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Calculating the Swedish economy‐wide emissions of additives from plastic materials

Sverker Molander (Institutionen för energi och miljö, Miljösystemanalys) ; Kristin Fransson (Institutionen för energi och miljö, Miljösystemanalys) ; Johan Tivander (Institutionen för energi och miljö, Miljösystemanalys) ; Peter Haglund ; Tomas Holmgren ; Tomas Rydberg ; Jenny Westerdahl
33rd Annual Meeting SETAC North America (2012)
[Konferensbidrag, poster]

"Plastics" are very diverse, multipurpose and ubiquitous materials found in very many types of products like shoes, cars, bags and containers. Plastic materials have these many uses due to the possibility of modifying the polymer matrices constituting the bulk material in very many ways with a large number of additives; compounds that are more or less permanently attached in the matrix. Some of these additives have properties with high importance for the final functionality of the product. Flame retardants is a well know example of an additive making otherwise combustible plastic materials (often textile fibres) much less apt for taking fire. There are however a very large number of substances which have got less attention. Our modeling approach aims at a quantification of emissions from a large set of materials occuring in a typical developed country - Sweden. The approach is "bottom-up" in the sense that it is not based on a back-calculation of measured emitted substances. It is rather a combination of a diffusive mass-transfer emission model with models providing information on aggregated product surface areas and material composition of these areas. This combination of the physico-chemical modeling of substance release from a surface under a specific set of environmental conditions, which also rely on substance and material characteristics, and the substance and material flow models, based on trade statistics, longevity data and product properties, is a unique emission model giving the possibility to feed in results to environmental fate modelling and environmental analysis. Results show that textiles, and the huge number of substances occuring in them, are of particular interest due to the fact that this product category constitutes the largest surface area. Due to wear and washing textiles are also fragmented, giving very small fibers and fragments contributing to a further increased surface area that increase the emission rate from the fibre materials in textiles. The result indicate that a number of substances, beside known environmental pollutant, are emitted from textiles.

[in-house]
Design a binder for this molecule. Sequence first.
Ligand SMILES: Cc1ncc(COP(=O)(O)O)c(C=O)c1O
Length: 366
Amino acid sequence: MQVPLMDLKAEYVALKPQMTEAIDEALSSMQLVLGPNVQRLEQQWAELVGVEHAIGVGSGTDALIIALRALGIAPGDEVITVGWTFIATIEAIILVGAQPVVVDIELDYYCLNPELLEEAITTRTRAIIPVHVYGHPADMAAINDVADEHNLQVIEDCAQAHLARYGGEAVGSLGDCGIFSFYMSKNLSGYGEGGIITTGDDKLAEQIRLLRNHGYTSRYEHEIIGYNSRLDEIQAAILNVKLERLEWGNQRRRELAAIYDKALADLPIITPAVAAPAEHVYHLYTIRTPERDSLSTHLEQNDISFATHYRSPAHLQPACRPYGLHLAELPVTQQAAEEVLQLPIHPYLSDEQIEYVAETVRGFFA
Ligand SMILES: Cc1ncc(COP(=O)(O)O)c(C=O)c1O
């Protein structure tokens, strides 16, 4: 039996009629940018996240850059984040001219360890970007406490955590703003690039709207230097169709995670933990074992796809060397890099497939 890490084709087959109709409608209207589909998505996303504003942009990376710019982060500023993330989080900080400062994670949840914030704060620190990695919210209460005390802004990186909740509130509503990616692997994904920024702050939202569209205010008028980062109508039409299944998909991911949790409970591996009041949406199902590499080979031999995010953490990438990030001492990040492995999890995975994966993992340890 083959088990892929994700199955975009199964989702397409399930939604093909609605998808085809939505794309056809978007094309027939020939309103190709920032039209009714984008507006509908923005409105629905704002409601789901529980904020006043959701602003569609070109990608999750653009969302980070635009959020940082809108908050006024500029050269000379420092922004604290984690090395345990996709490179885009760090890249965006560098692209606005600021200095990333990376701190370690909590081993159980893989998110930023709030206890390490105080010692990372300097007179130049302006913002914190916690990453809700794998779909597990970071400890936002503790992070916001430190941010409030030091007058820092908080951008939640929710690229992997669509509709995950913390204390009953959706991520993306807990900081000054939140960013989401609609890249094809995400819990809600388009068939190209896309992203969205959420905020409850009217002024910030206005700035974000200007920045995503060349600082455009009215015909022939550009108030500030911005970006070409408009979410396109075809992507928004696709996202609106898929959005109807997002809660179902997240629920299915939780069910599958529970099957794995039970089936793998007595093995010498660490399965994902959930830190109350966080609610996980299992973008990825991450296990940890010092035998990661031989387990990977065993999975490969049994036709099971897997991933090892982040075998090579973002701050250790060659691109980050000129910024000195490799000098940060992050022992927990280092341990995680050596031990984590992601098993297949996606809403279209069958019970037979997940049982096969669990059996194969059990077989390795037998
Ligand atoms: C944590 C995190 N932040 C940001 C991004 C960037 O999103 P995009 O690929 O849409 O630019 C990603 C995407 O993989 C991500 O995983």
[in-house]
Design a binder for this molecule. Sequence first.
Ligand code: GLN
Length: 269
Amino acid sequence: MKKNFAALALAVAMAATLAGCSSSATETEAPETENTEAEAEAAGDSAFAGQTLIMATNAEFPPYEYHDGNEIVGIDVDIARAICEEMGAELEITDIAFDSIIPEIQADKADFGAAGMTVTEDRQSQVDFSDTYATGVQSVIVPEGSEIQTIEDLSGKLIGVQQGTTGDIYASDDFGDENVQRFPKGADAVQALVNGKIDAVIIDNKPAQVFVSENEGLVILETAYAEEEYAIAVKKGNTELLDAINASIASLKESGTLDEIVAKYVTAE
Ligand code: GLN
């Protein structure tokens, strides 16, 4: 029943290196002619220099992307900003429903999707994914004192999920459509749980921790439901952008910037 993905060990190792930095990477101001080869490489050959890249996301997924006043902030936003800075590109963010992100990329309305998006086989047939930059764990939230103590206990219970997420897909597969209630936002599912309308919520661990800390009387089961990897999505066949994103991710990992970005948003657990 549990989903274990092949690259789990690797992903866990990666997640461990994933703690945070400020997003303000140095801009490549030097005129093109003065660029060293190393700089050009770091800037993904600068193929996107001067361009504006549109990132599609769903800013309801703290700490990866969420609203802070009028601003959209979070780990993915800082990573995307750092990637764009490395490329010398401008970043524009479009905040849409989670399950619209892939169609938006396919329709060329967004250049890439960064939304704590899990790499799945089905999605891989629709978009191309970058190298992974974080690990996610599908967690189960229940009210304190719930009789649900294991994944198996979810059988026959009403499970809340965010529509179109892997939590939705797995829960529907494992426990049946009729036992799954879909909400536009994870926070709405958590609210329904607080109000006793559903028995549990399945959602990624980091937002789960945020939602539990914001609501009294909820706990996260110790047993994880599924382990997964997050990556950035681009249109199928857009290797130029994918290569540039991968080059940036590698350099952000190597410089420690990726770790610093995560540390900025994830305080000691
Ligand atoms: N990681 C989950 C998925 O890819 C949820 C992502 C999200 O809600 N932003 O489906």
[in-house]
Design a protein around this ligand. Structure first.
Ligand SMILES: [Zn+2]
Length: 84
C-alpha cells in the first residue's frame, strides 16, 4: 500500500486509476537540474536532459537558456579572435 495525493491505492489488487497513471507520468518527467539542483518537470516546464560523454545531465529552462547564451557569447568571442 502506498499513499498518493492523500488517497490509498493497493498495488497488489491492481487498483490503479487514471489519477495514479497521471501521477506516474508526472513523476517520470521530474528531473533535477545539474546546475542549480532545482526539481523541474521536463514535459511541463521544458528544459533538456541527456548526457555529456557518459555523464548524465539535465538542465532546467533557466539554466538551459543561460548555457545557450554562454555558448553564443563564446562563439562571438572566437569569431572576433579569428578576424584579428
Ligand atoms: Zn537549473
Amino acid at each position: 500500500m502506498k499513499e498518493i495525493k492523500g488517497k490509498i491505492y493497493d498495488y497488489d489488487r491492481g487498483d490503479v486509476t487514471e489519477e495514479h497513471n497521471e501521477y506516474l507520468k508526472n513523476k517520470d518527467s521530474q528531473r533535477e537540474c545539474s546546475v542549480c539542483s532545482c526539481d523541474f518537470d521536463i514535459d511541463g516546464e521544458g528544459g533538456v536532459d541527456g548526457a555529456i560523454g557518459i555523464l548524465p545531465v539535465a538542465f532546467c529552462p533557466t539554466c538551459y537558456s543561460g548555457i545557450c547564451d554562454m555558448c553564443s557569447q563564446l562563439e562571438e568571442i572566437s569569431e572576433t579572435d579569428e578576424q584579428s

Nyckelord: emission, organic substances, products



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Denna post skapades 2012-12-05. Senast ändrad 2014-09-02.
CPL Pubid: 167126